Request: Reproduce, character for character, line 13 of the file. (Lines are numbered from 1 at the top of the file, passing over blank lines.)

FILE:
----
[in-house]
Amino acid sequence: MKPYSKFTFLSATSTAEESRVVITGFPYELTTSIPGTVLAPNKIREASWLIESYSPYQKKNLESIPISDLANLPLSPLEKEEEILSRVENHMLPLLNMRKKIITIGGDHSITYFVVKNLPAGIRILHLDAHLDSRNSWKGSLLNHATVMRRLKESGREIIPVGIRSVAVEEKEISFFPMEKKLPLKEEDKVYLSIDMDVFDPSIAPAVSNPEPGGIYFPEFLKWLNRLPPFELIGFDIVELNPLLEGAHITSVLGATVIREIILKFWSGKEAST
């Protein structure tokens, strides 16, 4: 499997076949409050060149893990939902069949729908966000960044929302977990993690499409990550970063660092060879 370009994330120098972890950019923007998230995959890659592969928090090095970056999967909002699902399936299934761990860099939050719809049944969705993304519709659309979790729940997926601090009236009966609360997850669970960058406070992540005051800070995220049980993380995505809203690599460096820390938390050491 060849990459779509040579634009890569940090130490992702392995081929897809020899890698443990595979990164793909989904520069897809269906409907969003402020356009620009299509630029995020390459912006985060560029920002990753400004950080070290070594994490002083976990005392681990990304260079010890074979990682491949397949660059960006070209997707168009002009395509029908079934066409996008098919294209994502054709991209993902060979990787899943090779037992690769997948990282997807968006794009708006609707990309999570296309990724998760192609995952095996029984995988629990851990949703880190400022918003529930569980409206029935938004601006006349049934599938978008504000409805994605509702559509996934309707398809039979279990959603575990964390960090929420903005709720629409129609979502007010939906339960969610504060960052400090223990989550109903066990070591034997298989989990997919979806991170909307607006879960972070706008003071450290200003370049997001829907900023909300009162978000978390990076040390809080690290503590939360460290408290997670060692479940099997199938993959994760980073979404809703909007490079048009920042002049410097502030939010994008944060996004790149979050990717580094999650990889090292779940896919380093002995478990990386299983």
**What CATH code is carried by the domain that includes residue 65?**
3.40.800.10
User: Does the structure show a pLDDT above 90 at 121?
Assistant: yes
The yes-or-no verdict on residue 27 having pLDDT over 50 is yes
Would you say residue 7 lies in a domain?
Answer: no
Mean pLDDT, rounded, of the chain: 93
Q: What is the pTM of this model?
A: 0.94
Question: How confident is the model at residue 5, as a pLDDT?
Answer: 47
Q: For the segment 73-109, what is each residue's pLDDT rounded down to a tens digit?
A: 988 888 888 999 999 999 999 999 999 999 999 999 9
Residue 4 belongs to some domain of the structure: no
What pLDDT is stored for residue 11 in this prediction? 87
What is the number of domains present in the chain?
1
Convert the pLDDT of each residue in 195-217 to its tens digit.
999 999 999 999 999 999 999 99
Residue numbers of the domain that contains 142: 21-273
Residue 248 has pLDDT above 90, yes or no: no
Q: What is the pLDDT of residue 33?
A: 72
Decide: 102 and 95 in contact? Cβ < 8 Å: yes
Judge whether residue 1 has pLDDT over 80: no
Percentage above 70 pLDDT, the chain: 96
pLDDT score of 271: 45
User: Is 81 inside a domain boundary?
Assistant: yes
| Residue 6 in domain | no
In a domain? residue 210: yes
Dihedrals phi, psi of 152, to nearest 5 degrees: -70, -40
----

A: 0.94